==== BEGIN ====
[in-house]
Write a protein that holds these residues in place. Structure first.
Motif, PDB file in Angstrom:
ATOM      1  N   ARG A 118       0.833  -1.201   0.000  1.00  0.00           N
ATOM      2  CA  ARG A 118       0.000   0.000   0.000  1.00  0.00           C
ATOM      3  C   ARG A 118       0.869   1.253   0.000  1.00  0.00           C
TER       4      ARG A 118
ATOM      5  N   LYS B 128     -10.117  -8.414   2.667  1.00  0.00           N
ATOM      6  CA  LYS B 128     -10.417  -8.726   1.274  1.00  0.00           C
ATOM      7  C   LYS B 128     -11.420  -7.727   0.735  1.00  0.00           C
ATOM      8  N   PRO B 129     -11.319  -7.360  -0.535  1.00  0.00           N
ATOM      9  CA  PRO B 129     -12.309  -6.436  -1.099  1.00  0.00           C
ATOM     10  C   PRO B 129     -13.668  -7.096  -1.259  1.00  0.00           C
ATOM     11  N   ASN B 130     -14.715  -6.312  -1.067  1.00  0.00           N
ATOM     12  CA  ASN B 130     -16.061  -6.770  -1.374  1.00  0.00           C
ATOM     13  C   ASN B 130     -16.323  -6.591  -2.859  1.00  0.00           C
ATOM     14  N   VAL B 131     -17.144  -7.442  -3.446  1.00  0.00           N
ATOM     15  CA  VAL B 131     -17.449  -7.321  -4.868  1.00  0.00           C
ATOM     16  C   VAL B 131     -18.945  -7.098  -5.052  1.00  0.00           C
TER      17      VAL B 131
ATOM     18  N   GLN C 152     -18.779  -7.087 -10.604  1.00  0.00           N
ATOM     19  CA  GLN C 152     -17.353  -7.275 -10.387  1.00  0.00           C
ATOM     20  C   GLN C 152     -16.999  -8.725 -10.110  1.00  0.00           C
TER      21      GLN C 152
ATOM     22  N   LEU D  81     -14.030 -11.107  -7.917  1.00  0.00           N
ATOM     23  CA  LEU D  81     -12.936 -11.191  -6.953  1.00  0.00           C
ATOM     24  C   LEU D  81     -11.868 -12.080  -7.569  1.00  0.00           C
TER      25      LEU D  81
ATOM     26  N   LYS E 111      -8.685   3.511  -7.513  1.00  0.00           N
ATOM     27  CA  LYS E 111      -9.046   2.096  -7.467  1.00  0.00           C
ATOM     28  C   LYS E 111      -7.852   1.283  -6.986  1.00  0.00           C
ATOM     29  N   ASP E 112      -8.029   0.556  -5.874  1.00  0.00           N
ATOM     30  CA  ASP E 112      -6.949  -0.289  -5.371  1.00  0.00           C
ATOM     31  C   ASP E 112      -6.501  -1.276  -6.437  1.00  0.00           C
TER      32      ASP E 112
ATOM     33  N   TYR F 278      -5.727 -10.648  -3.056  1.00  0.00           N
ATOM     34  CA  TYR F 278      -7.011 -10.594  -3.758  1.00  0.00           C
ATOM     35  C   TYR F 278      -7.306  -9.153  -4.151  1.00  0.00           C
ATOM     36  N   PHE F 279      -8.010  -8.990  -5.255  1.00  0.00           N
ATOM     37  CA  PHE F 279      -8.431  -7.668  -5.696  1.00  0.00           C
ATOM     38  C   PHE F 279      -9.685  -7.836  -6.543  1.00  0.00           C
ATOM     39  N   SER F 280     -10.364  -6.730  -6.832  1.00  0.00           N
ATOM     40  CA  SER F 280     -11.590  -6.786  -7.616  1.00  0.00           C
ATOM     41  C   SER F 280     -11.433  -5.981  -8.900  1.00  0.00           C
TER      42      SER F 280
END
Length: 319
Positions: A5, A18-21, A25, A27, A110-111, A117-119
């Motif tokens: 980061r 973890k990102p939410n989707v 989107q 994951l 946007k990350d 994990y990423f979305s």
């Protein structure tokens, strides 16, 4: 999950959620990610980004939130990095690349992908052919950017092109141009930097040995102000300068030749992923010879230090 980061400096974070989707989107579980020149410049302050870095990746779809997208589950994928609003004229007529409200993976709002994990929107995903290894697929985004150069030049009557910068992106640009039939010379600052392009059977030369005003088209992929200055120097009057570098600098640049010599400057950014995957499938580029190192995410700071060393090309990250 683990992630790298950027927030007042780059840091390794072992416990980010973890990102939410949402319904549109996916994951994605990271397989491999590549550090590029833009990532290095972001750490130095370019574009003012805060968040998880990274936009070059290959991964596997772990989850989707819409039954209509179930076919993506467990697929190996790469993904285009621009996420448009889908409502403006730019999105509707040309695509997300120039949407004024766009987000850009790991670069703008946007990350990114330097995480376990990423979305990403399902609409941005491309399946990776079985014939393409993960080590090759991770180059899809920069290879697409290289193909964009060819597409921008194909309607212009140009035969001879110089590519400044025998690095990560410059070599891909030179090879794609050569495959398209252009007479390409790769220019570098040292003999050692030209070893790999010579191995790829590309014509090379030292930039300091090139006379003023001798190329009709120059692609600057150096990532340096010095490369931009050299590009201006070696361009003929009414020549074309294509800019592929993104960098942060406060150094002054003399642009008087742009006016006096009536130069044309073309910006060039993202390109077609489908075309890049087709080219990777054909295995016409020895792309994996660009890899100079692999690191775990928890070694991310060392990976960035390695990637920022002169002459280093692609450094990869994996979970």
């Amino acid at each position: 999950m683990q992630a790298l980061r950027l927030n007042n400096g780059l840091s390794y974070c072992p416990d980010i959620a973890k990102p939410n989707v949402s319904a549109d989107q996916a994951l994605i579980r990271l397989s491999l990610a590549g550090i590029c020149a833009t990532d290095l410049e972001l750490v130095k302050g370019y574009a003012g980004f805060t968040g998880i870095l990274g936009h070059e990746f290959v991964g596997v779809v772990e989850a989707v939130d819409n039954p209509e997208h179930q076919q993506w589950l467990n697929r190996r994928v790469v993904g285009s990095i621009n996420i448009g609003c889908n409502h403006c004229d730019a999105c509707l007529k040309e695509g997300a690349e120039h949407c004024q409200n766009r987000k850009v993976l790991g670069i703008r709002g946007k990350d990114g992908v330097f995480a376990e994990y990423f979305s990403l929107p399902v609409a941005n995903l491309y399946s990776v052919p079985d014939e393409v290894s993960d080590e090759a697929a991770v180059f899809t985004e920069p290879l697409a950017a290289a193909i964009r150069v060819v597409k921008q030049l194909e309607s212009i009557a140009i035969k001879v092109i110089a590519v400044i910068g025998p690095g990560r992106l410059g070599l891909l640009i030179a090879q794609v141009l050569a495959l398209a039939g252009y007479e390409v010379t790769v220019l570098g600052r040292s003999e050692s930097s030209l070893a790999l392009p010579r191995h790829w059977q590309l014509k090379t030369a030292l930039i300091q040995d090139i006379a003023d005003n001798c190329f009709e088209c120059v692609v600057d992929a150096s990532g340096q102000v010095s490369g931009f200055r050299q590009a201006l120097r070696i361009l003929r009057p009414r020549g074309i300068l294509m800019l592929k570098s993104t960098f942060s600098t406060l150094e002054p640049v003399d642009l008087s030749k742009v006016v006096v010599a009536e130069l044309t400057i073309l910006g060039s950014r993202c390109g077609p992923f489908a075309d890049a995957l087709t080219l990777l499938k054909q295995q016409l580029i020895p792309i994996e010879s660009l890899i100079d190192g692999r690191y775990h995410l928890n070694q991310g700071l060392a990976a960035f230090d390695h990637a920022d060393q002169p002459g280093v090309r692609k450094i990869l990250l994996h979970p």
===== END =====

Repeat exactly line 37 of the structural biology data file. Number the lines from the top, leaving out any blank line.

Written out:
ATOM     34  CA  TYR F 278      -7.011 -10.594  -3.758  1.00  0.00           C